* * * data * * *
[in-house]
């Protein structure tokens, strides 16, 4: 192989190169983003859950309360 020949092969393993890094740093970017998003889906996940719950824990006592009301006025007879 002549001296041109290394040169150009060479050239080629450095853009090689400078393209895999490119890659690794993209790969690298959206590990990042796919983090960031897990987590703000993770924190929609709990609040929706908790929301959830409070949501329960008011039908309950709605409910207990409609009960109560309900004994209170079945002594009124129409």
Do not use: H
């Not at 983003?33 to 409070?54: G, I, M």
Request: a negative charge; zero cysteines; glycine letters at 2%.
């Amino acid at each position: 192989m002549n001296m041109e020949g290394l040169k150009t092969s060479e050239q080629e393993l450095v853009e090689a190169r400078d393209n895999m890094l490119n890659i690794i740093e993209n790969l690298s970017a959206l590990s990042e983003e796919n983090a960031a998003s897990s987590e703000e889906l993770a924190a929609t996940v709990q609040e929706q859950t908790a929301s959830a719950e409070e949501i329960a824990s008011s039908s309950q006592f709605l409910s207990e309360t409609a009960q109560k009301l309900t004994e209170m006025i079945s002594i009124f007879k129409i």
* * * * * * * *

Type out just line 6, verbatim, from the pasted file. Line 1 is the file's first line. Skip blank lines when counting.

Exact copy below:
């Amino acid at each position: 192989m002549n001296m041109e020949g290394l040169k150009t092969s060479e050239q080629e393993l450095v853009e090689a190169r400078d393209n895999m890094l490119n890659i690794i740093e993209n790969l690298s970017a959206l590990s990042e983003e796919n983090a960031a998003s897990s987590e703000e889906l993770a924190a929609t996940v709990q609040e929706q859950t908790a929301s959830a719950e409070e949501i329960a824990s008011s039908s309950q006592f709605l409910s207990e309360t409609a009960q109560k009301l309900t004994e209170m006025i079945s002594i009124f007879k129409i």